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“What matters is perception and even if the tax is only a few hundred dollars per year, the perception is that it will cost thousands over a car’s lifetime and that government does not support the technology,” said Dr Whitehead, a lead author on transport for the Intergovernmental Panel on Climate Change.

Electric Vehicle Council chief executive Behyad Jafari said there was “nothing to justify the projections that the electric vehicle market is going to grow like that in Australia”.

He said the 2019 estimate was replaced by different projections that were consistent with modelling by the Commonwealth Bureau of Infrastructure and Transport Research Economics (BITRE).

“The BITRE numbers which say electric vehicles will be 26 per cent of new car sales by 2030 also assumed they would be 1.4 per cent by 2020, but currently we are at just 0.7 per cent,” he said. “It shows the government is just finding numbers to make the projections work for them.”

Dr Whitehead said electric vehicle sales could remain low unless manufacturers brought a wider range of cheaper models to Australia.

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He warned car makers may run out their end-of-line petrol models in Australia while they ramp up sales of electric vehicles in more attractive markets.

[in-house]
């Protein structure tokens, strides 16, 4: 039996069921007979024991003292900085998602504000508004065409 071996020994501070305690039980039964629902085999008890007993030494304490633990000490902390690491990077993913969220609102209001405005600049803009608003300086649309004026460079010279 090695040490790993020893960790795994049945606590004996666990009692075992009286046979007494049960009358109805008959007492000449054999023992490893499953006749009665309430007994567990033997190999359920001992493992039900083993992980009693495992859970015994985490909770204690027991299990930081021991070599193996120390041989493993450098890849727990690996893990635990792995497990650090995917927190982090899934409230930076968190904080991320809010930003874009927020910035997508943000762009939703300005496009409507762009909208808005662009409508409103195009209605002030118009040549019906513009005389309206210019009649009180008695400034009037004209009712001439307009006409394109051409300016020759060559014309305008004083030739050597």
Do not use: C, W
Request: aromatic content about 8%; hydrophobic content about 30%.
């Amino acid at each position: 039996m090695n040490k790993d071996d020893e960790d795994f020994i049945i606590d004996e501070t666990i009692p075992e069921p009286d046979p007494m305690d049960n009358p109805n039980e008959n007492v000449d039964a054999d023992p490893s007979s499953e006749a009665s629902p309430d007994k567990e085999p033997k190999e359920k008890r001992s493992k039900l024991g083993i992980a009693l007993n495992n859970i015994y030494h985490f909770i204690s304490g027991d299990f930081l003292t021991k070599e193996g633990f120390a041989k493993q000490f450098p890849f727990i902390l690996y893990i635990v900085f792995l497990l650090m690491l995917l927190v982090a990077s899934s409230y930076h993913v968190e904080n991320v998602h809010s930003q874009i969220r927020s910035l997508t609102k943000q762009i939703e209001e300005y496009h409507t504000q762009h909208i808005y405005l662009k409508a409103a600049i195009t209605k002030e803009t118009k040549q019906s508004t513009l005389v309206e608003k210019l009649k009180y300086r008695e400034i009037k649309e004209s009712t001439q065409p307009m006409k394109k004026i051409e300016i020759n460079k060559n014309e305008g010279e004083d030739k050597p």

Many major manufacturers plan to phase out petrol and diesel engines, and major markets including the UK, Japan, France and Germany will ban their sale between 2025 and 2030, while the US offers a $7500 tax rebate for electric vehicles.

Falling transport sector emissions are a significant element of Australia’s efforts to satisfy its global climate commitments under the Paris Agreement.

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The federal government is working on an electric cars policy that will focus on infrastructure such as charging stations and support for research and development into new technology.

Energy Minister Angus Taylor’s office was contacted for comment. He announced the latest electric vehicle projections last month, when he said Australia was almost on track to hit its Paris Agreement target.

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